On the surface, running doesn’t seem complicated, but your running style and how effective you are at enhancing your workout depend upon proper breathing techniques while running. Done correctly, breathing can sustain your run and help you achieve your goals. Done incorrectly, breathing can ensure that your exercise sessions are cut short, and your goals remain elusive.
Although running isn’t complicated from a mechanical standpoint, coordinating your breathing with your body movements and coping with the sheer physical exertion can be. Here are a couple of respiratory therapy tips to help correct bad breathing habits while running.
The first breathing technique requires you to concentrate on what your feet are doing! Running, like walking, requires both left and right strides. You’ll need to pay attention to what stride you’re taking, so you should practice this technique initially in a relatively safe place that doesn’t require complete awareness of your surroundings. If that’s not possible, slow down your run while you master this technique and don’t get discouraged if you’re not immediately coordinated. With a little practice, this technique will become second nature, and you’ll see significant improvements in your stamina and running abilities.
The goal is to take in and release the proper amount of air, but you’ll do this in an asymmetrical fashion. Inhale completely on your first left, right, left (LRL) combination, then exhale just as completely on your next right-left (RL) combo. Then inhale on the RLR combo and exhale on the LR follow up. This requires a more smooth, controlled inhale and a more rapid, complete exhale. With practice, this “3:2 technique” will become habit and you’ll see improvements in your energy. You’ll also reduce or even eliminate cramping caused by poor oxygen management.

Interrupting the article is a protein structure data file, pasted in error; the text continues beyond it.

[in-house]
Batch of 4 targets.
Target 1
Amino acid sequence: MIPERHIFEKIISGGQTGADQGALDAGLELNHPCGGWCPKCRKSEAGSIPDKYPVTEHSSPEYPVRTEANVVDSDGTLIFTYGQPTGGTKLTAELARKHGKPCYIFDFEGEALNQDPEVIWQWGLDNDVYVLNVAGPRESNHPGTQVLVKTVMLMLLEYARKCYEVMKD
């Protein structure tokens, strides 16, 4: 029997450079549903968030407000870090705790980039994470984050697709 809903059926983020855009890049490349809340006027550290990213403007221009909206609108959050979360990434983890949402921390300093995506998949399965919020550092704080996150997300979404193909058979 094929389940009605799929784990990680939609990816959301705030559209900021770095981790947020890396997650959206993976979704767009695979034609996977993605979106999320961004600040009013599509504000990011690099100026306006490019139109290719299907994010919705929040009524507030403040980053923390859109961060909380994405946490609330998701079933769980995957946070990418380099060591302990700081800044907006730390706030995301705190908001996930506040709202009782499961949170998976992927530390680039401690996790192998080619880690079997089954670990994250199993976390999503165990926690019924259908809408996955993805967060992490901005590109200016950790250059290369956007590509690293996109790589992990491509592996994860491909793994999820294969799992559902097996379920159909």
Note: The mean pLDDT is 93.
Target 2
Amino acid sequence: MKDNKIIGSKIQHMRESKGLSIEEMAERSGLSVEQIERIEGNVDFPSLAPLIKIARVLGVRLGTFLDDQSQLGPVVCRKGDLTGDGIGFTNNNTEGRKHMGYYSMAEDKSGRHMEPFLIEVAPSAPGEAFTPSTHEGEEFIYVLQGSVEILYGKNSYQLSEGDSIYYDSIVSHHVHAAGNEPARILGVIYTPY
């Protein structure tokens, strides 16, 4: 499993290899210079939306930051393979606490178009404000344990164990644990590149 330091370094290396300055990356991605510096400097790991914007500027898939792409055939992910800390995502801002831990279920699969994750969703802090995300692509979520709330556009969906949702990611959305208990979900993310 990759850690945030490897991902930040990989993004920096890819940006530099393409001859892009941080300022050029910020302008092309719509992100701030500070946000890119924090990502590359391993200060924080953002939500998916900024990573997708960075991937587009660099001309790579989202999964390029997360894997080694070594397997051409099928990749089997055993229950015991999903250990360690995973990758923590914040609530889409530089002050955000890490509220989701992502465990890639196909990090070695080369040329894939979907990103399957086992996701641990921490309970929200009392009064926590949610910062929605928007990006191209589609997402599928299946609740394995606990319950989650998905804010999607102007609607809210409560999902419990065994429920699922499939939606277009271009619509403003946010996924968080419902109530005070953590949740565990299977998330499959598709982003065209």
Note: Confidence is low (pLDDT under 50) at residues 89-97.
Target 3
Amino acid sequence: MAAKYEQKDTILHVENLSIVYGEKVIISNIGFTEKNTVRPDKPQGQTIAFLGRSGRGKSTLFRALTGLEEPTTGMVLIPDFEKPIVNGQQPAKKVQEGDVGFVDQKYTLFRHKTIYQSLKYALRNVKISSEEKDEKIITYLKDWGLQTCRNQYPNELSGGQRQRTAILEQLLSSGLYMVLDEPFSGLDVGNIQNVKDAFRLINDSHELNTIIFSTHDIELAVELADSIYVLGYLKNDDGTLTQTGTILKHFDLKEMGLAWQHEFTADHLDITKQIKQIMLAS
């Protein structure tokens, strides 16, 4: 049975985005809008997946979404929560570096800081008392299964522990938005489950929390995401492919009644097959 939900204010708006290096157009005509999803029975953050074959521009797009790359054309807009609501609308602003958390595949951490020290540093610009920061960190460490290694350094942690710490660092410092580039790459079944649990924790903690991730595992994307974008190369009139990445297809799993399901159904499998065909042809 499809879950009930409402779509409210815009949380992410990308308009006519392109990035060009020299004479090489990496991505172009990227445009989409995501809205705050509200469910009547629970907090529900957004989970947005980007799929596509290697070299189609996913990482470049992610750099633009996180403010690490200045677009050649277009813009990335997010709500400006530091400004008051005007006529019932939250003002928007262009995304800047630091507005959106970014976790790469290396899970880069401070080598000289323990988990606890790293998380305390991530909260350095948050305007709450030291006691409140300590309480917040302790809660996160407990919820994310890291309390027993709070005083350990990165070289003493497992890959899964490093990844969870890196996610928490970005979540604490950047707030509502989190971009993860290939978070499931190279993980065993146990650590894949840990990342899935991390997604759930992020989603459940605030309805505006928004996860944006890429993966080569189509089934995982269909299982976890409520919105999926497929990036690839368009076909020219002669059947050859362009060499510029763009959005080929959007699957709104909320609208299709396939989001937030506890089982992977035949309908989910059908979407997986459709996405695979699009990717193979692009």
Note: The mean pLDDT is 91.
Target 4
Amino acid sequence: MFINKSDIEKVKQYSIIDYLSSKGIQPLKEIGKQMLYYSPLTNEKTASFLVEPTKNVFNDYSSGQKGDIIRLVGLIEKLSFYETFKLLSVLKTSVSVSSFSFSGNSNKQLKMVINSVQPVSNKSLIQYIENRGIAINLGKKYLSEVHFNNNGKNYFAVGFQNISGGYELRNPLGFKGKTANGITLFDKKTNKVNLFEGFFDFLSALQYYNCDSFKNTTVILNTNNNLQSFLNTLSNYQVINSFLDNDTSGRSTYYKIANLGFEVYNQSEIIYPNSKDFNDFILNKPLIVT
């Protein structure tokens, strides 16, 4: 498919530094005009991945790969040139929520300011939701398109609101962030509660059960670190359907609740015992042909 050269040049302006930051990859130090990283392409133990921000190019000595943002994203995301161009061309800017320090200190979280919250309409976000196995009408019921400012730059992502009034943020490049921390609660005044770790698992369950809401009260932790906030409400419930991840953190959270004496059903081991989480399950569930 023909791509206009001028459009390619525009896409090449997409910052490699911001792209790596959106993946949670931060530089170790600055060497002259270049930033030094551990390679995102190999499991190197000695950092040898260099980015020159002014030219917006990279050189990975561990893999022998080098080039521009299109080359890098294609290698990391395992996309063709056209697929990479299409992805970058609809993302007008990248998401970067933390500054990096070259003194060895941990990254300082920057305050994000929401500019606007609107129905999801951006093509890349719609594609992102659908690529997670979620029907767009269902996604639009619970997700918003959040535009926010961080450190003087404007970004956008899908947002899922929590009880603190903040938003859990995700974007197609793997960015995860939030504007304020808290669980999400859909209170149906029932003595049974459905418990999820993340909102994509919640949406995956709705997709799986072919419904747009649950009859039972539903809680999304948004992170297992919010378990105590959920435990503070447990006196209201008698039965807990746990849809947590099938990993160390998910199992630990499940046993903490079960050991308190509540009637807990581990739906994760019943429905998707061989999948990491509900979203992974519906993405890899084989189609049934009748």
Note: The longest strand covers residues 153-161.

When you’re not exerting yourself, you normally breathe by expanding and contracting your chest. This kind of breathing is natural when you’re not engaged in some kind of demanding physical activity. When you’re singing, exercising or otherwise exerting yourself, your body simply needs more oxygen. If you engage your diaphragm while exerting yourself, you increase the amount of oxygen you take in one breath. This technique enables you to manage the oxygen you’re taking in more effectively, which will help your running. This exercise is designed to strengthen your diaphragm, and you can do this either while running or sitting still.
Inhale rapidly and deeply. As you inhale, your diaphragm will contract sharply. You’ll feel this motion. If you don’t feel the motion, you’re not inhaling fast enough. Try raising your hands over your head and inhaling rapidly again. You should feel a flex below your lungs, in your abdomen. The flex comes from your diaphragm. This is the muscle you want to engage when breathing while running because it automatically increases your breathing capacity.
Getting rid of air efficiently while running is just as important as getting into your body. After you’ve done a deep inhale, note the size of your expanded chest. Try to force the air back out of your lungs while maintaining your expanded chest size. This will require you to use your diaphragm to push the air out of your lungs. You may want to practice this diaphragmatic breathing while sitting, until you get the hang of how it feels. Once you know where your diaphragm is and how to control it for better oxygenation, try combining belly breathing with the 3:2 breathing technique described earlier in this article for a powerful breathing combination.
Janelle Wyatt is a freelance writer and an avid runner. When she’s not running Janelle is usually writing about respiratory therapist schools and programs as well as other education and health topics.